19. Asked if he thought the BDS campaign was making a mistake by not differentiating goods coming from Israel and goods coming from the settlements, he answered that he thought "a large-scale boycott should target all institutions implicated in occupation and illegality. At the moment, occupation is more profitable than costly. Eighty percent of our water is either transferred to Israel or consumed by settlers" (ITIC emphasis).
Relations with Hamas
20. Asked about a "partnership" with Hamas, Husam Zomlot said, "Unity is our primary objective. To achieve popular resistance, the Palestinian society has to be united...Legislative elections...are essential to form a united government. The practice of blackmail perpetrated by Israel can no longer be tolerated. Unity has much more value than their sanctions. The goal is to agree on what we disagree about. No party can make war or peace decisions on its own, its decisions do not only involve themselves, but the whole population. We need to work together and implement collective decisions" (ITIC emphasis).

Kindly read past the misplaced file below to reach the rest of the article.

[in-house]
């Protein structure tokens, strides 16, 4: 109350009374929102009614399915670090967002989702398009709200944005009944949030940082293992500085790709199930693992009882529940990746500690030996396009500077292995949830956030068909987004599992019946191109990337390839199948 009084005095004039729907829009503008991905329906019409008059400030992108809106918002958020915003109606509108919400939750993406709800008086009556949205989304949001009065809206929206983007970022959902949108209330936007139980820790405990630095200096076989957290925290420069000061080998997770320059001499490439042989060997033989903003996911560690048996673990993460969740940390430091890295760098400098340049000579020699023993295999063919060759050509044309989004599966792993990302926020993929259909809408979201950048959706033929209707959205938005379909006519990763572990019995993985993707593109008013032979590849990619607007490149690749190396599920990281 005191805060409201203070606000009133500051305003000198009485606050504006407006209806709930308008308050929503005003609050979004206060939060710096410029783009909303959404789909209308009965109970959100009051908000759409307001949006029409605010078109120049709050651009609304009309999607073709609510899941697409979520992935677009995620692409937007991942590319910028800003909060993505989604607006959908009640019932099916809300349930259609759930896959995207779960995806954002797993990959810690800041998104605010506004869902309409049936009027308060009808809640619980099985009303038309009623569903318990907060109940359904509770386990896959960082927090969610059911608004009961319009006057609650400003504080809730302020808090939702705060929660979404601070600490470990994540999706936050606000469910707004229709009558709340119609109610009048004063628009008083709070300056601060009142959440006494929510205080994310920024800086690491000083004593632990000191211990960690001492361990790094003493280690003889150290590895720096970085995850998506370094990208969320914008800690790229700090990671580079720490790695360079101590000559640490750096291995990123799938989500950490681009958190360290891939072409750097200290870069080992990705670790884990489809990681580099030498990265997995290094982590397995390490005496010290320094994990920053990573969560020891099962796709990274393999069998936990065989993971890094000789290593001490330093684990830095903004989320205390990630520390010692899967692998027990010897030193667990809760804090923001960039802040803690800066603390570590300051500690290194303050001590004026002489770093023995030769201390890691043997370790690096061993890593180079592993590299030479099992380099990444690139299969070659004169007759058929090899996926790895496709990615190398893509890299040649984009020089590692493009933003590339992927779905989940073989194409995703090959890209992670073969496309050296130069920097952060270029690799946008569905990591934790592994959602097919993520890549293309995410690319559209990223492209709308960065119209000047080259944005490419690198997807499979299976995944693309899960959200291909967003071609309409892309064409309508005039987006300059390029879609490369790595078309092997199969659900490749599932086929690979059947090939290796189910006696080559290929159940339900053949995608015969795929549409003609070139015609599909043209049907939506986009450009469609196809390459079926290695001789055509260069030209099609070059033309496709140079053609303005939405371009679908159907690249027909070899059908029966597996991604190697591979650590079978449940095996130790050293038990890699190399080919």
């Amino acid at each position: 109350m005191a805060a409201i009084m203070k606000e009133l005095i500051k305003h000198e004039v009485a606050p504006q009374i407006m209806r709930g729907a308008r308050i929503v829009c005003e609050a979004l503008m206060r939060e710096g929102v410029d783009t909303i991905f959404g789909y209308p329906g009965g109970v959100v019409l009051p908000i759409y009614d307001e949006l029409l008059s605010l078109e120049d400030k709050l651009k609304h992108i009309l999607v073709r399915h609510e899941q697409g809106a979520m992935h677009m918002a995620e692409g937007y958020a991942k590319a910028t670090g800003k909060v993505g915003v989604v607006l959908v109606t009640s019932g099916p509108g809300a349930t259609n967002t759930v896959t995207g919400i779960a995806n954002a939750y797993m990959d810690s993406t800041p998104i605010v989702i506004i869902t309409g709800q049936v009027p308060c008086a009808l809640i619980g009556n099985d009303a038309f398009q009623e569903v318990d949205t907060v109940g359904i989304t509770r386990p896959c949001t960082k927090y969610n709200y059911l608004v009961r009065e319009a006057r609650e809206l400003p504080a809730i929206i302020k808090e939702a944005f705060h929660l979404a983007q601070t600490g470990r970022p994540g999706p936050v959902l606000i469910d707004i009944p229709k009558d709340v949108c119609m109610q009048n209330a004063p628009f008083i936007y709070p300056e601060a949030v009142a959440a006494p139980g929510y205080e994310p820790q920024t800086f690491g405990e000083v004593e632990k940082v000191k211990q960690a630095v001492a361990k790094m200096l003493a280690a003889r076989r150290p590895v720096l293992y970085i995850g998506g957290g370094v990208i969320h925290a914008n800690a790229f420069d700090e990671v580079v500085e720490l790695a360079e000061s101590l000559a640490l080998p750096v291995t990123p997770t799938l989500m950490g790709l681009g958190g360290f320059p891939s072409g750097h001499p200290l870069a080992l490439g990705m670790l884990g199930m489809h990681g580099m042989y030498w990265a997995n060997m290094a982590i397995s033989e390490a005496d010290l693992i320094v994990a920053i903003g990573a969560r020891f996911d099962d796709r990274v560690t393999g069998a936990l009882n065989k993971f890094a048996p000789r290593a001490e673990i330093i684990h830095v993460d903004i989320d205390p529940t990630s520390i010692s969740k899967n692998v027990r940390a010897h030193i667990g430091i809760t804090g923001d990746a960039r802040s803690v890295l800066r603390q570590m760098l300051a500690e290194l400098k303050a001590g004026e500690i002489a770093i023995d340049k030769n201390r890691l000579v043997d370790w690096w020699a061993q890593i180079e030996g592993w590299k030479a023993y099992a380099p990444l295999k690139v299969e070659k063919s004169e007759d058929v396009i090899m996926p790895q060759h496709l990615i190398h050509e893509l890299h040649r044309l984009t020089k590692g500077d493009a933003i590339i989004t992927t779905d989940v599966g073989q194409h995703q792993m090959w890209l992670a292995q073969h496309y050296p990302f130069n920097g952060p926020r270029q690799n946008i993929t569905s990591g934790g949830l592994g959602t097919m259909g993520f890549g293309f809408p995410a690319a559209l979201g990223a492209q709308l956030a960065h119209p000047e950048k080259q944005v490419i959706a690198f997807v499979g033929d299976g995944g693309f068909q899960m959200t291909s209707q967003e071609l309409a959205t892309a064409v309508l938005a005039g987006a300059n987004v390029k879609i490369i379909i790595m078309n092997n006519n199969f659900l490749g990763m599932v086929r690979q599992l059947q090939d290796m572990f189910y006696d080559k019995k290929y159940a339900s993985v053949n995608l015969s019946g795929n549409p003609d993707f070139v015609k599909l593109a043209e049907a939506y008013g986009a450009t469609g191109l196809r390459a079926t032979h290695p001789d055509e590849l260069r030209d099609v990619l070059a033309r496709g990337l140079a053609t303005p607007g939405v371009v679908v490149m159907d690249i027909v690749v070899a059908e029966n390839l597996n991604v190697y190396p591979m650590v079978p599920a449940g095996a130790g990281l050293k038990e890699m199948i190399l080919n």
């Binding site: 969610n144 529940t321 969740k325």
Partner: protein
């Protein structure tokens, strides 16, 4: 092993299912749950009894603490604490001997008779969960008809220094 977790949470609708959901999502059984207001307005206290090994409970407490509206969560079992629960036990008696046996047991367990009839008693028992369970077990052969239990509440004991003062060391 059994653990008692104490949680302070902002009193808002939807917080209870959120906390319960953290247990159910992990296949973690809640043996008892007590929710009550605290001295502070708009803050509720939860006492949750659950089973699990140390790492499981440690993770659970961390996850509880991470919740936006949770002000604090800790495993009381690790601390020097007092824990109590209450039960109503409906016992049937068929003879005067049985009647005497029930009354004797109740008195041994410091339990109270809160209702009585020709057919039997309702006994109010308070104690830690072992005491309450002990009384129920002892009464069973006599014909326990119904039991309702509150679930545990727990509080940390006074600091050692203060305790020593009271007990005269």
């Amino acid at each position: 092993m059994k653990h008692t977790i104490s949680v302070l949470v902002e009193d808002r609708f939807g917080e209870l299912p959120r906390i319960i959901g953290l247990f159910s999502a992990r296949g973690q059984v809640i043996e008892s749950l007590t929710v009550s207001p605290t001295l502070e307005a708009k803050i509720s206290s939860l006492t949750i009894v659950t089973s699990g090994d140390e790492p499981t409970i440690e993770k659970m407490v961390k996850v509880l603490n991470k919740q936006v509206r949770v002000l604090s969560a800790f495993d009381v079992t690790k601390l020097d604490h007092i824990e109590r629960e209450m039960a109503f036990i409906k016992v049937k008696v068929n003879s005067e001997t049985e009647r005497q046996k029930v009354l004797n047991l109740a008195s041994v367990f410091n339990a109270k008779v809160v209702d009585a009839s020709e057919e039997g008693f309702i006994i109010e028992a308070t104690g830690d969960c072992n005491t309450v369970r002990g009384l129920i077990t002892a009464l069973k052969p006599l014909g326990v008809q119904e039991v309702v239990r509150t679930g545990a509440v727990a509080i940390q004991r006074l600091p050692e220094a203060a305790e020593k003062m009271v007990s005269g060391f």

Statements Made by Dr. Husam Zomlot in the Arab Media
UN Security Council Resolution 2334
21. Interviewed by Fatah's al-Awda TV, he called Resolution 2334 an achievement for the Palestinians and a failure and "mortal blow" for Israel. That was because the United States, historically an ally of Israel, had abstained instead of voting for Israel. He claimed the achievement was only a starting point (interview apparently conducted in December 2016 and posted to YouTube on February 7, 2017).
22. During an interview with Palestinian TV about issues currently on the Palestinian agenda, he said the PA would continue its appeals to the UN Security Council and formulate proposals for resolutions. He said it was not a secret that American policy was biased in favor of Israel (posted to YouTube on February 7, 2017).
Relocating the American Embassy to Jerusalem